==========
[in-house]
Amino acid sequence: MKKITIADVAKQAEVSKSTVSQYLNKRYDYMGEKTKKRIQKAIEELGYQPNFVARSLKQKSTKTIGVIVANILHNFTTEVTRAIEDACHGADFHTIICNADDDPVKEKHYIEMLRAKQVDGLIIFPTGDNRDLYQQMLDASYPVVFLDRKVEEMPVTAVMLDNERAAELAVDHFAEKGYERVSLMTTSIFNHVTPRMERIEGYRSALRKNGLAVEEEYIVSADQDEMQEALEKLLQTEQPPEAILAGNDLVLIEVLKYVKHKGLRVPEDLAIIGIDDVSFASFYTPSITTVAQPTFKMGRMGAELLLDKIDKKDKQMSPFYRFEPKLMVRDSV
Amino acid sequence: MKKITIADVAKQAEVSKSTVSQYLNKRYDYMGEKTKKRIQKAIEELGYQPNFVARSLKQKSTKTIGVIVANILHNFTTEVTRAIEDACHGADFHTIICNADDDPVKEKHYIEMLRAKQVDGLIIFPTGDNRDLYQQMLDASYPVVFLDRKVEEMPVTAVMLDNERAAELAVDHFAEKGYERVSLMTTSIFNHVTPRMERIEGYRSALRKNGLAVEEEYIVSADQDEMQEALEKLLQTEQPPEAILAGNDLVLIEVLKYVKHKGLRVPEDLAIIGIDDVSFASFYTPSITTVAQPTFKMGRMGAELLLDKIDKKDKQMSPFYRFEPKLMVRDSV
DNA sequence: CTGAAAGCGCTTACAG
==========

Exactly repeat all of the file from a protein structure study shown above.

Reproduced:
[in-house]
Amino acid sequence: MKKITIADVAKQAEVSKSTVSQYLNKRYDYMGEKTKKRIQKAIEELGYQPNFVARSLKQKSTKTIGVIVANILHNFTTEVTRAIEDACHGADFHTIICNADDDPVKEKHYIEMLRAKQVDGLIIFPTGDNRDLYQQMLDASYPVVFLDRKVEEMPVTAVMLDNERAAELAVDHFAEKGYERVSLMTTSIFNHVTPRMERIEGYRSALRKNGLAVEEEYIVSADQDEMQEALEKLLQTEQPPEAILAGNDLVLIEVLKYVKHKGLRVPEDLAIIGIDDVSFASFYTPSITTVAQPTFKMGRMGAELLLDKIDKKDKQMSPFYRFEPKLMVRDSV
Amino acid sequence: MKKITIADVAKQAEVSKSTVSQYLNKRYDYMGEKTKKRIQKAIEELGYQPNFVARSLKQKSTKTIGVIVANILHNFTTEVTRAIEDACHGADFHTIICNADDDPVKEKHYIEMLRAKQVDGLIIFPTGDNRDLYQQMLDASYPVVFLDRKVEEMPVTAVMLDNERAAELAVDHFAEKGYERVSLMTTSIFNHVTPRMERIEGYRSALRKNGLAVEEEYIVSADQDEMQEALEKLLQTEQPPEAILAGNDLVLIEVLKYVKHKGLRVPEDLAIIGIDDVSFASFYTPSITTVAQPTFKMGRMGAELLLDKIDKKDKQMSPFYRFEPKLMVRDSV
DNA sequence: CTGAAAGCGCTTACAG